Weekly Field Update – 4/4/22

Weekly Field Update – 4/4/22

Coming up this week is the next webinar in the Farm Safety for Women Series on Wednesday, 4/6 at 1 pm. Sign up here.

Be sure to scroll all the way to the bottom to see this week’s Question of the Week and check back on Thursday for the answer!

Coastal Region

Zack Snipes reports, “It finally feels like spring in the fields. The strawberry crop is really behind schedule this year. Most farms have plants with 3-4 crowns on them.  In most years, we have 5-8 crowns at this time. I blame the cool weather right after we planted them and then an unseasonably warm winter followed by 2 really cold events recently, for them being so far behind. I am seeing an uptick in spider mite populations so scout, scout, scout this week. This warm weather will have them active. Spring planted crops are germinating or being transplanted and have no issues so far.”

A strawberry plant with three small crowns. (Z. Snipes)

Midlands

Justin Ballew reports, “We got some much-needed rain this past week (1.4 inches at my house). Strawberries are ripening and roadside stands and U-picks are open for business. We’ve seen a little bit of botrytis and a good many mites, so be sure to scout carefully. It looks like we have a couple of rain events coming this week, so now would be a good time for one of the site-specific fungicides. Young brassica plants are growing out of their cold damage well. In some fields, the plants have put on enough new growth that it’s hard to tell they were ever damaged. Diamondback moth caterpillars are already causing issues in some areas, so be sure to scout regularly for those also.”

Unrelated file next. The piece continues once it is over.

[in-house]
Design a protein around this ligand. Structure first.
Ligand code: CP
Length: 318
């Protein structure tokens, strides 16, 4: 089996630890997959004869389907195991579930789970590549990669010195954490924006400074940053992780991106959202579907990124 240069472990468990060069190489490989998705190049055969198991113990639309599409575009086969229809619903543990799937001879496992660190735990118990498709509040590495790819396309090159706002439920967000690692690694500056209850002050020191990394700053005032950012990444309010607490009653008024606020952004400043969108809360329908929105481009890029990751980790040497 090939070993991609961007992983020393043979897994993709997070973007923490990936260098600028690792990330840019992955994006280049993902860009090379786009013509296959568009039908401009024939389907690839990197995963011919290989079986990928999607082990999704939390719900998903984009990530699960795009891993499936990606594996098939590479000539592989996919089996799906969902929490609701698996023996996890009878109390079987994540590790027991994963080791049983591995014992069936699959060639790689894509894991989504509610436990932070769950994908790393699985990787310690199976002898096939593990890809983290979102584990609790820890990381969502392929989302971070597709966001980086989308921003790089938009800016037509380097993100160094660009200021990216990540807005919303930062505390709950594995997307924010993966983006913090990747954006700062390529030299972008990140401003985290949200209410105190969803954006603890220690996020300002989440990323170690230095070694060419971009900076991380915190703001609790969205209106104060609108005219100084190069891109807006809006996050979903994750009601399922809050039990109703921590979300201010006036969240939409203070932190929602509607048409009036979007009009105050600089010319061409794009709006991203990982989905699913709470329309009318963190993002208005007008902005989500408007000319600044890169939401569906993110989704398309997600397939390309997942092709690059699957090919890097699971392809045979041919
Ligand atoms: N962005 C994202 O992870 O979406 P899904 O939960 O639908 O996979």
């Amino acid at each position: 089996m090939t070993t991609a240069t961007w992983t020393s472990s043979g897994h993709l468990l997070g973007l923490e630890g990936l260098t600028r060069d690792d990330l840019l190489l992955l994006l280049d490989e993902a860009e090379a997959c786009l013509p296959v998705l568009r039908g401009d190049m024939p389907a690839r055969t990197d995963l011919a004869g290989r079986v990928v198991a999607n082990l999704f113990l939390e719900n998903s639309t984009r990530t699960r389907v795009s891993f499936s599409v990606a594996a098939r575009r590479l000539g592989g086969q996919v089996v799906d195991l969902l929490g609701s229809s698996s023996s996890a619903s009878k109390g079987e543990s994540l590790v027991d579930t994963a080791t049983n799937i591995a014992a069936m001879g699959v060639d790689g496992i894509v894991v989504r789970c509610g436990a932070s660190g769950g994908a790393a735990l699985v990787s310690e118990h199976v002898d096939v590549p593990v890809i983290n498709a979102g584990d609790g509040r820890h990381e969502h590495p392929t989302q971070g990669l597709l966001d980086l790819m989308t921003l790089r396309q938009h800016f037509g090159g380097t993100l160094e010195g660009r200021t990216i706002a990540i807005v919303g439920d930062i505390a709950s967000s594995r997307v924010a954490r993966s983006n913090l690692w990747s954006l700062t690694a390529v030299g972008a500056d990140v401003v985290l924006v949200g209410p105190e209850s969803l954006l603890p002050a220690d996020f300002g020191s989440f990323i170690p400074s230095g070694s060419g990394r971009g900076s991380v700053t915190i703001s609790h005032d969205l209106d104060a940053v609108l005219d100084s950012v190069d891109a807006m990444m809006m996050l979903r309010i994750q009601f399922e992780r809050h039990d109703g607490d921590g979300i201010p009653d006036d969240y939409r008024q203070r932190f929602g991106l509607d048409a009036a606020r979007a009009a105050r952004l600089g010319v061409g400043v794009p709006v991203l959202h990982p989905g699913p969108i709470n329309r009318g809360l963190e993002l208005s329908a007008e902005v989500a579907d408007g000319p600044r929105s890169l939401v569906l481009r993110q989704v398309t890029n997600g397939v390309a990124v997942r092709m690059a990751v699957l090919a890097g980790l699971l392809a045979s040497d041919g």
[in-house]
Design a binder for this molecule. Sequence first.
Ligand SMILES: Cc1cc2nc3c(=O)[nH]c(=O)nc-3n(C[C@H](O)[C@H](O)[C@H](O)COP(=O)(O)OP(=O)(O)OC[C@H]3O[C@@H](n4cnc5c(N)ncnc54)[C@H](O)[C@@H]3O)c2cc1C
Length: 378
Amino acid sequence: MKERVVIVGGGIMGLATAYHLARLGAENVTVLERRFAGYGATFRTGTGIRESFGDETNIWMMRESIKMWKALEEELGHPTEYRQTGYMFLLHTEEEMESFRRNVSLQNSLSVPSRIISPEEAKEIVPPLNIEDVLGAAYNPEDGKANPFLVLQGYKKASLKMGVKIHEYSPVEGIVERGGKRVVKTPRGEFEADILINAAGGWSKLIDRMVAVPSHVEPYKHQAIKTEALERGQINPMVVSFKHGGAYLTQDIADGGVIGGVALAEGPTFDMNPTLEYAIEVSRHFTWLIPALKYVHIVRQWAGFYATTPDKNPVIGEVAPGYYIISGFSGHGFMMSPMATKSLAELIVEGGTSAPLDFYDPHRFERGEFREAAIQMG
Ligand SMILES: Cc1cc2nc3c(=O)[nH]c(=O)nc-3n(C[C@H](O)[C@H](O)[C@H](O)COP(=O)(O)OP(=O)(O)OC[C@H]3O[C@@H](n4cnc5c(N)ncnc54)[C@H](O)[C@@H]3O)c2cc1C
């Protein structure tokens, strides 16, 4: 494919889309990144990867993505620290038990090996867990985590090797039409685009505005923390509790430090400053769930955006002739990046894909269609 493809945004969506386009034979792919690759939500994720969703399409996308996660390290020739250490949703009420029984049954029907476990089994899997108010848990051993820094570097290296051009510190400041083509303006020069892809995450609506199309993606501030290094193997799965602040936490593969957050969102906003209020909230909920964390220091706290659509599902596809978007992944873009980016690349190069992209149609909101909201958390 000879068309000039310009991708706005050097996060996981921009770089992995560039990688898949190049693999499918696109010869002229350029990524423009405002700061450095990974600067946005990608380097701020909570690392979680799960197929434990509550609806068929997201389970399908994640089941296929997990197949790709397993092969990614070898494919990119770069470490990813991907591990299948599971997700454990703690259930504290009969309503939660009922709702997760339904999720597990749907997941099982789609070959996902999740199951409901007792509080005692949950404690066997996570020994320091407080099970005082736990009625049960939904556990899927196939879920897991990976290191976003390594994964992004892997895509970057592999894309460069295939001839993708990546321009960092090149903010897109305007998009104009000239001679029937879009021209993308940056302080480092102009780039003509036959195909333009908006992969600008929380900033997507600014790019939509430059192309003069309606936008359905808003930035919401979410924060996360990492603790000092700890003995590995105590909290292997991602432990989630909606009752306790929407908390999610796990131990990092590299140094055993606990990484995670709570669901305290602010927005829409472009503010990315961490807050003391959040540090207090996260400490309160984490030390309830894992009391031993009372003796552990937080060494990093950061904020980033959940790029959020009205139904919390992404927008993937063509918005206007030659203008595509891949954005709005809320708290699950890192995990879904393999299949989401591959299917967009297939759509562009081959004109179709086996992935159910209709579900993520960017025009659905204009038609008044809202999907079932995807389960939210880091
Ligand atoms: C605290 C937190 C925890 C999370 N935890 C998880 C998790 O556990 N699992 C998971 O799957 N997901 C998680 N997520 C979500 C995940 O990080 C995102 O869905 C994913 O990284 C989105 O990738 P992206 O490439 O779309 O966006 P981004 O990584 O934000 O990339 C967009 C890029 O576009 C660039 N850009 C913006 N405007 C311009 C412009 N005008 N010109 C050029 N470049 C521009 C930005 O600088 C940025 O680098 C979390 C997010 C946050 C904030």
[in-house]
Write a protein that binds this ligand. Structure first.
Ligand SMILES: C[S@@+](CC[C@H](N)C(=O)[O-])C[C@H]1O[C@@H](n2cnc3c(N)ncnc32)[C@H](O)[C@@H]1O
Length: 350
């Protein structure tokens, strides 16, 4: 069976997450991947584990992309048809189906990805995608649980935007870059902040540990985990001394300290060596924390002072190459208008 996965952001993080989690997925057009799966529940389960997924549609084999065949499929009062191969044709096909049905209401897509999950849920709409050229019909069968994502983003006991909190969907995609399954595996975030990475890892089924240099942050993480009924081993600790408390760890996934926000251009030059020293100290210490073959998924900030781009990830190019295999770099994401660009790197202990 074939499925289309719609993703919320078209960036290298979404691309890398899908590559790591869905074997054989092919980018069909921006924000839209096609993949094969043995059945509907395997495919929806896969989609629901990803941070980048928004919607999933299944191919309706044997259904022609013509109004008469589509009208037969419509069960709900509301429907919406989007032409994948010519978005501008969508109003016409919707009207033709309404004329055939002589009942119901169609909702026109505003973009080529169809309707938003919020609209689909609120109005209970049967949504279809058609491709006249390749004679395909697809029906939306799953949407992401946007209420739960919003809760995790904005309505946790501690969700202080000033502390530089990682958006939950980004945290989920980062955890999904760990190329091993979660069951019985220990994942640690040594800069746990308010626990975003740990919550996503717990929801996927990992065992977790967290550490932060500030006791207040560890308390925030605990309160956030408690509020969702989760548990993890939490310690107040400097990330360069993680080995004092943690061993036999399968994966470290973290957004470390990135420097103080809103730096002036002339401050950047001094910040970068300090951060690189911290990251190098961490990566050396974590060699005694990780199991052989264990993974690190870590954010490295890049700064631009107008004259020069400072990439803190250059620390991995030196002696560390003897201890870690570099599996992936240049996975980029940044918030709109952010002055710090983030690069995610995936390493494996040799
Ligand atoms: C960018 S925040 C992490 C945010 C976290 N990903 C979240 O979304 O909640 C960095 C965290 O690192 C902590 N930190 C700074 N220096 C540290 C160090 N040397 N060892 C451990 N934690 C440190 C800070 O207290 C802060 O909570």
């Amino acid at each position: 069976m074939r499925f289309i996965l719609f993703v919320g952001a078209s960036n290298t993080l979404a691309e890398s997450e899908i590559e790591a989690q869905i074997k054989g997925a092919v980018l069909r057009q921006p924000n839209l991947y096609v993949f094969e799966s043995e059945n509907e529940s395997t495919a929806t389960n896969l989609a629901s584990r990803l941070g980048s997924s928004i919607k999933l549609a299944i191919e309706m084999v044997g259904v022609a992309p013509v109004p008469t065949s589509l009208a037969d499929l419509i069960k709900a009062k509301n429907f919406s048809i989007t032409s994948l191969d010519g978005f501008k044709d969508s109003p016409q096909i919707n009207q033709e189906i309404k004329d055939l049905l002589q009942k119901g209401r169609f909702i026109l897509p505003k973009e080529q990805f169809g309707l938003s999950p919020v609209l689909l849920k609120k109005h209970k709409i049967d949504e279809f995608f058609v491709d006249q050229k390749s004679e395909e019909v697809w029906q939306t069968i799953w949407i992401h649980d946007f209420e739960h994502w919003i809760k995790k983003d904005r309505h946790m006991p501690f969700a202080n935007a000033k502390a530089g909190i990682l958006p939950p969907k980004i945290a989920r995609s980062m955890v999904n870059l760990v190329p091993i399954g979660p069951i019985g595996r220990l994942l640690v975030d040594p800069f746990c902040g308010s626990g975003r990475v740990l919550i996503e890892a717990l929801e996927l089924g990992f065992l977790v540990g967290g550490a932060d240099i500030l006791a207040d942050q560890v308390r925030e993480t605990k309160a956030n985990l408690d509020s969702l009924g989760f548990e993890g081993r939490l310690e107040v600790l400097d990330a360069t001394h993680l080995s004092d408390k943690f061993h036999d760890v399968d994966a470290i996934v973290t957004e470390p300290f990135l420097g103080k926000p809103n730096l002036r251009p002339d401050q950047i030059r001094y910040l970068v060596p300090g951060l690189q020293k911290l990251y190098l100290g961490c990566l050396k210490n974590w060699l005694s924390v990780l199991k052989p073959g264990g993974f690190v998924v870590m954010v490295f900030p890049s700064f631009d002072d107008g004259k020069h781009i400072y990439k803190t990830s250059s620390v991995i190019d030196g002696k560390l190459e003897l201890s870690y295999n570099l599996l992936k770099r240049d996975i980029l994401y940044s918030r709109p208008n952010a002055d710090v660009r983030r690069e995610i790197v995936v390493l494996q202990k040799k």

You can pick up (or pick) fresh strawberries from a local farmer now! (J.Ballew)
This young kale has recovered well from the recent cold damage. (J. Ballew)

Upstate

Kerrie Roach reports, “We are just starting to see the first strawberries in the ‘Golden Corner’ with mainly pre-pick limited quantities. With heavy rain and severe weather headed our way again this week, growers need to be actively scouting for disease development. Most peach varieties are headed towards the end of bloom, so scouting for insects and disease is important at this time. With warm days and multiple rain events, preventative applications for diseases like bacterial spot and scab are likely to be needed. Still too early for warm-season crops to be set out in the weather, but we are about 4 weeks out from planting those, so land prep work and seed starting are happening now.”

Question of the Week

For this week’s question, take a look at the photo below. What’s going on with this tie-dyed-looking wild mustard?

Answer in the comments below and check back on Thursday to see the answer.

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